Probability of getting every result after n tries

Hello,

I need to determine a probability for some work related to my Master Thesis. It may seem really easy but I've been trying for the last two days and I couldn't get any solution:

Imagine that we roll **n**** times** a **6-sided die**. What's the **probability** of **getting each result **(*1, 2, 3, 4, 5, 6*) at least **once**?

Note: *n* should be greater than 6 (or equal), to have a probability greater than zero.

Given the number of times we get every result, we can calculate the probability using a multinomial distribution. For *n=6* or even for *n=7* the solutions are easy, but as* n* gets bigger the possibilities grow really fast, so it doesn't seem feasible to use combinations of multinomials. Since the problem seems really easy, I was wondering if there is a simple solution for this.

Thanks a lot.

Re: Probability of getting every result after n tries

Quote:

Originally Posted by

**brokenlugs** Imagine that we roll **n**** times** a **6-sided die**. What's the **probability** of **getting each result **(*1, 2, 3, 4, 5, 6*) at least **once**?

Note: *n* should be greater than 6 (or equal), to have a probability greater than zero.

This part is easy.

That is the probability of each value appears at least once in trials

Quote:

Originally Posted by

**brokenlugs** Given the number of times we get every result, we can calculate the probability using a multinomial distribution. For *n=6* or even for *n=7* the solutions are easy, but as* n* gets bigger the possibilities grow really fast, so it doesn't seem feasible to use combinations of multinomials. Since the problem seems really easy, I was wondering if there is a simple solution for this.

I don't know exactly what that means.

Re: Probability of getting every result after n tries

Quote:

Originally Posted by

**Plato** This part is easy.

That is the probability of each value appears at least once in

trials

Wow, thank you very much!! This is what I was looking for! I wasn't even close to that. For a more general result, i.e. an experiment with *j* equiprobable possible results, I guess I just have to replace the *6* for a *j* and the *5* for a *j-1*. Am I wrong?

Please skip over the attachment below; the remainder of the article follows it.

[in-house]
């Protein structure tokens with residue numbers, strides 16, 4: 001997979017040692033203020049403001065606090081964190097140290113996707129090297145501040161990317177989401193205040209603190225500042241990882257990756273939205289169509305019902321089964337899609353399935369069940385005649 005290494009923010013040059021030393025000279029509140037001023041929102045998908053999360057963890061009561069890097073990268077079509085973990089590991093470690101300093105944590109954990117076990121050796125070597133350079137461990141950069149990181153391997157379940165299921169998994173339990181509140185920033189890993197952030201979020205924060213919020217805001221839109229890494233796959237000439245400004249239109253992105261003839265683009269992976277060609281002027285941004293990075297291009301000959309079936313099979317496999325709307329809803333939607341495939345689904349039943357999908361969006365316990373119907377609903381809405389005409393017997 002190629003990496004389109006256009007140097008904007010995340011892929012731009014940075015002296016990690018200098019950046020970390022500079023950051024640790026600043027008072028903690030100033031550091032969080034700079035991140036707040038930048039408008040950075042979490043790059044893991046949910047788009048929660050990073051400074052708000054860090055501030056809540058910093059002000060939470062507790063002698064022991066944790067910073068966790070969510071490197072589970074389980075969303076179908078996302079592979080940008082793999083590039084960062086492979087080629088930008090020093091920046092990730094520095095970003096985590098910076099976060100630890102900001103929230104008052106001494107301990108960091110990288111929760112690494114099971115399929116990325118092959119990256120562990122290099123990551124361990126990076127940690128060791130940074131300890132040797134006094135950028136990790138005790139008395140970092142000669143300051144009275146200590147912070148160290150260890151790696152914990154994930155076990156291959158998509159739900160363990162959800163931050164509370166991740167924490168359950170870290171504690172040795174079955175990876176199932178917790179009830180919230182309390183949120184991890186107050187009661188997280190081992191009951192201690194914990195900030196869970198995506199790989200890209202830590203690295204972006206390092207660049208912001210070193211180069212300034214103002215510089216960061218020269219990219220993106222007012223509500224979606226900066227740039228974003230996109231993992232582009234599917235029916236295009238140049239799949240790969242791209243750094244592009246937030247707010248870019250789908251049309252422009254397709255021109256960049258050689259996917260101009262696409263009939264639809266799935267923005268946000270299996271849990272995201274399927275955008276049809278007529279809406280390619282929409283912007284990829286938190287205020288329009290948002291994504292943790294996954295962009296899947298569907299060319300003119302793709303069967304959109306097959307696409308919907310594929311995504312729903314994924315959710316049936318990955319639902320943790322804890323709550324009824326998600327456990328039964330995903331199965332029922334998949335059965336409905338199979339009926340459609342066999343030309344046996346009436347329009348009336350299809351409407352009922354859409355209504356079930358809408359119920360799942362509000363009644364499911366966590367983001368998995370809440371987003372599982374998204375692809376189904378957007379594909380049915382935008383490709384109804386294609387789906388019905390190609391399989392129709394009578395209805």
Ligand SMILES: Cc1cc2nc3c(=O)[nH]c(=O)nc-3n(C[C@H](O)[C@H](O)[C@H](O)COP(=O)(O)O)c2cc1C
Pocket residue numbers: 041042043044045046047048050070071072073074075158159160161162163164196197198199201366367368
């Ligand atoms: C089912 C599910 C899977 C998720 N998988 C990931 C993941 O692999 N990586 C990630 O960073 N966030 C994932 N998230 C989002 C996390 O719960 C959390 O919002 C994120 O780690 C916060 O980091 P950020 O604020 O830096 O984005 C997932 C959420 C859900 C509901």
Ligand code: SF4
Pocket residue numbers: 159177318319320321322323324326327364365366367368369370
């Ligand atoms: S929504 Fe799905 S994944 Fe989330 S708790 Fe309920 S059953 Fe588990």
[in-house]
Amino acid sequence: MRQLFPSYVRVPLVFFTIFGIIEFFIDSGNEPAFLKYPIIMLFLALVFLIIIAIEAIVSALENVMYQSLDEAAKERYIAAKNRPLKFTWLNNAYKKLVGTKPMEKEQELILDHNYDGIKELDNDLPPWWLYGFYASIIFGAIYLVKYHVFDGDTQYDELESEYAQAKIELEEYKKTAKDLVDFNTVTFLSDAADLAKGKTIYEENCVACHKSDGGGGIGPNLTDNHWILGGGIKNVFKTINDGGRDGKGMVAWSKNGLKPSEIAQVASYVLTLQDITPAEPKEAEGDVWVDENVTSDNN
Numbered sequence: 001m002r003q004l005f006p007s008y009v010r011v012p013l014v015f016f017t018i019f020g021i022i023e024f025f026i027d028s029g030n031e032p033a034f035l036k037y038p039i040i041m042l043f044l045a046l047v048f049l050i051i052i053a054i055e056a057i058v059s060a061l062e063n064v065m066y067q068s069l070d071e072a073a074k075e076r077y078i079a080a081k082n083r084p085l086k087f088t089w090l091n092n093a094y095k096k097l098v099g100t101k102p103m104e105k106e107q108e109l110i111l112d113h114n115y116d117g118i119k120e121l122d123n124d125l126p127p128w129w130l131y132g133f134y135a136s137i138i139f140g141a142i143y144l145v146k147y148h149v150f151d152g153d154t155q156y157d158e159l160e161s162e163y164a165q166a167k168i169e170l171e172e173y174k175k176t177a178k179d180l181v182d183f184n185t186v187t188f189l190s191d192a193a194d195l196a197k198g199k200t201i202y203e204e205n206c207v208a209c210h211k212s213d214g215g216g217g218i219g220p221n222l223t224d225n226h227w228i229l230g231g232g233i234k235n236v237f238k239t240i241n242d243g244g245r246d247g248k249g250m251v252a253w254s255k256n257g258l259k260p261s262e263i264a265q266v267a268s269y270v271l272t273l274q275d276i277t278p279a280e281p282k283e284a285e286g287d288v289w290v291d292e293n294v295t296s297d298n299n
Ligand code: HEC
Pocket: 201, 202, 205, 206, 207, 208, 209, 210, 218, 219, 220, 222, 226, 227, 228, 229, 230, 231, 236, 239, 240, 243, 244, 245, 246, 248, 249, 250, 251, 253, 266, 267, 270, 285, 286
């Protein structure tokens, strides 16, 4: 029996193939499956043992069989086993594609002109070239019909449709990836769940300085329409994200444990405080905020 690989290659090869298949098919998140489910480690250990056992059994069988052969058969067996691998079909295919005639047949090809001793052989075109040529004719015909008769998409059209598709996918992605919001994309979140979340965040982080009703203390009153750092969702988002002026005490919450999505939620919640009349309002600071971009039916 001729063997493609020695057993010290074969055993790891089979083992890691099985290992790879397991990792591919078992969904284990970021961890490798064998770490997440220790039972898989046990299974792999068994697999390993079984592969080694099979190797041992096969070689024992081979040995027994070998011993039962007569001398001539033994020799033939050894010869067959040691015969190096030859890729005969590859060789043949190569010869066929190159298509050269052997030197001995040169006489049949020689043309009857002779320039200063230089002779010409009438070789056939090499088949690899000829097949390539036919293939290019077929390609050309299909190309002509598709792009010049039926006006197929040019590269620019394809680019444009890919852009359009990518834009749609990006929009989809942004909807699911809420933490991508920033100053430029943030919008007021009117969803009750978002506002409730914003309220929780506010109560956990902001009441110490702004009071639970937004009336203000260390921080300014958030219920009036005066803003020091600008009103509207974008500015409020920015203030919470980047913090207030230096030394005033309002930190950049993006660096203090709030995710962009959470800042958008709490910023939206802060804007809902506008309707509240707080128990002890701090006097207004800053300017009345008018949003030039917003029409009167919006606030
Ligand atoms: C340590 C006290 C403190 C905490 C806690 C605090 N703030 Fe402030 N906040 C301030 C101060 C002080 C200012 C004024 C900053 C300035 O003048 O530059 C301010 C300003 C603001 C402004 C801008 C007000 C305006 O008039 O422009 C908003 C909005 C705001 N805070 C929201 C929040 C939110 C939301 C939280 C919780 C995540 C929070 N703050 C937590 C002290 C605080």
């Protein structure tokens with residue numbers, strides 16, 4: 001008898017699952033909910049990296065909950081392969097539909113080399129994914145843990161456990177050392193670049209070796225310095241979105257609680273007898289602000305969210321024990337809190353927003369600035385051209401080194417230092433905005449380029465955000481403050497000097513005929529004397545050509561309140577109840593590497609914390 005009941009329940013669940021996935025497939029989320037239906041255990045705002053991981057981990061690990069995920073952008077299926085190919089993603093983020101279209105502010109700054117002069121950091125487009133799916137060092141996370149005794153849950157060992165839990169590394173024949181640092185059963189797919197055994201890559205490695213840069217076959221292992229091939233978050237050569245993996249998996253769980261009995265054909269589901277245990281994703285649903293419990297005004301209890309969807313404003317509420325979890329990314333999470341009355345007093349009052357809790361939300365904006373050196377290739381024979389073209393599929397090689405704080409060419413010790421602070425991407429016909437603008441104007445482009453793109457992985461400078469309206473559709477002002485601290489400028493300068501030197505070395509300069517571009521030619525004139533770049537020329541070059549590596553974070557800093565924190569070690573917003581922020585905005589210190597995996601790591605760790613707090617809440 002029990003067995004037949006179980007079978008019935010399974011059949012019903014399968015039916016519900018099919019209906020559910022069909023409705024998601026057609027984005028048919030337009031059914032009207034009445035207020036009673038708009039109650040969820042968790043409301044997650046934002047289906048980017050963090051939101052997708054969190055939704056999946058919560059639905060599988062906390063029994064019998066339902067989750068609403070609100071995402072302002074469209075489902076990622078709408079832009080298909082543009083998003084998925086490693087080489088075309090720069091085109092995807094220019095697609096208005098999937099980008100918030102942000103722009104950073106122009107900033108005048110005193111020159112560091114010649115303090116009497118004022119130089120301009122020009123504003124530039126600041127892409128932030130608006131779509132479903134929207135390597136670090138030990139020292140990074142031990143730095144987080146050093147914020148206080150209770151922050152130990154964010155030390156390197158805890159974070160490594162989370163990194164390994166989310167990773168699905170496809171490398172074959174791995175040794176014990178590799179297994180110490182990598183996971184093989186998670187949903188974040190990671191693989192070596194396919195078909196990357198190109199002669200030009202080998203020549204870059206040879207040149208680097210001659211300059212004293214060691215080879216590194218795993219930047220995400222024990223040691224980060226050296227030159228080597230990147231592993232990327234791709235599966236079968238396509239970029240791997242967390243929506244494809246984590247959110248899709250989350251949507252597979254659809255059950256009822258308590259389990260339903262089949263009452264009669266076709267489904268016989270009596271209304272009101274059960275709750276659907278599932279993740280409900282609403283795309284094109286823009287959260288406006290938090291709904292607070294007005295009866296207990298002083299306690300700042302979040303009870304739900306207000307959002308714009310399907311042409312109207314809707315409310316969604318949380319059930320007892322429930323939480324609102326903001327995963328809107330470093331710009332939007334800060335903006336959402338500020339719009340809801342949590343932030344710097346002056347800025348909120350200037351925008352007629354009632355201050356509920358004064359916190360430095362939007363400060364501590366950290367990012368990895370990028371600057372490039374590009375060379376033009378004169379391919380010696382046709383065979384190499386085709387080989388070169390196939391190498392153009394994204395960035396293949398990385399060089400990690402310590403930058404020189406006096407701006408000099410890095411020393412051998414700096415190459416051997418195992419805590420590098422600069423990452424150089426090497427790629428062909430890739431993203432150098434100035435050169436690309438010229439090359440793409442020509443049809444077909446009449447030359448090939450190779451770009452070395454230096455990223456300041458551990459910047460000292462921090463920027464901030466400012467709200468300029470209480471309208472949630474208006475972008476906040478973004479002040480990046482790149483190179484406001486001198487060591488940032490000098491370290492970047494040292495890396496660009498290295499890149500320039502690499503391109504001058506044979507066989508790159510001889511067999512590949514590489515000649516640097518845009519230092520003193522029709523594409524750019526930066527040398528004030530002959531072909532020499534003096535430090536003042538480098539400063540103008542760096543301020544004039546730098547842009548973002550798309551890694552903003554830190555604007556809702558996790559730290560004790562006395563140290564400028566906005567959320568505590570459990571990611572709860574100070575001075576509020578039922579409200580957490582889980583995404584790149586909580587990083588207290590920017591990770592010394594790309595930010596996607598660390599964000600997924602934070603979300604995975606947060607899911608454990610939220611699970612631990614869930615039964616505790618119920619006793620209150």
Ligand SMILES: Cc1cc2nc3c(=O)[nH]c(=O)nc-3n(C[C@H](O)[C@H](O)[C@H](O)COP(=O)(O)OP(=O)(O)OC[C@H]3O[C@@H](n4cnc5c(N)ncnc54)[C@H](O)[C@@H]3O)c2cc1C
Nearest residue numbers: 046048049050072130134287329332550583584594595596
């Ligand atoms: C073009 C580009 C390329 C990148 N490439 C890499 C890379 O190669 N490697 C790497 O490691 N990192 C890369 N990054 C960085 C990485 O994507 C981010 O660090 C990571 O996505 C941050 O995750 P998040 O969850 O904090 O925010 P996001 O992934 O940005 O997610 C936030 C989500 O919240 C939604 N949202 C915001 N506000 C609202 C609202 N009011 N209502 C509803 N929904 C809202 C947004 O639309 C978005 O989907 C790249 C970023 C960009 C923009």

Quote:

Originally Posted by

**Plato** I don't know exactly what that means.

I meant that if I had to determine the probability of getting a 1 twice, a 2 three times, a 3 once, and so on (whichever combination I want), I could do that with a multinomial distribution, but looks like I was really far from getting a feasible result.

Just for curiosity, is that formula the probability mass function of any known distribution? Does it have any name? I am that kind of person that likes to understand everything, but looks like this formula may be out of my possibilities.

Thank you!

Re: Probability of getting every result after n tries

Quote:

Originally Posted by

**brokenlugs** Wow, thank you very much!! This is what I was looking for! I wasn't even close to that. For a more general result, i.e. an experiment with *j* equiprobable possible results, I guess I just have to replace the *6* for a *j* and the *5* for a *j-1*. Am I wrong?

I meant that if I had to determine the probability of getting a 1 twice, a 2 three times, a 3 once, and so on (whichever combination I want), I could do that with a multinomial distribution, but looks like I was really far from getting a feasible result.

Just for curiosity, is that formula the probability mass function of any known distribution? Does it have any name? I am that kind of person that likes to understand everything, but looks like this formula may be out of my possibilities.

Have you seen this webpage?

Re: Probability of getting every result after n tries

Re: Probability of getting every result after n tries

Quote:

Originally Posted by

**brokenlugs** such as

and

The number of vectors

that can be written following that condition grows a lot when

*n* grows, so calculating the summatory of all those probabilities may be not feasible for large values of

*n*, that's why I was asking for a easier solution. However, I can't seem to find the relation between your formula and the multinomial distribution. Actually, is that

what really confuses me.

The formula I gave you has little to do with multinomial distribution. Rather it is using inclusion/exclusion: read this page.

The new posting has probability

Re: Probability of getting every result after n tries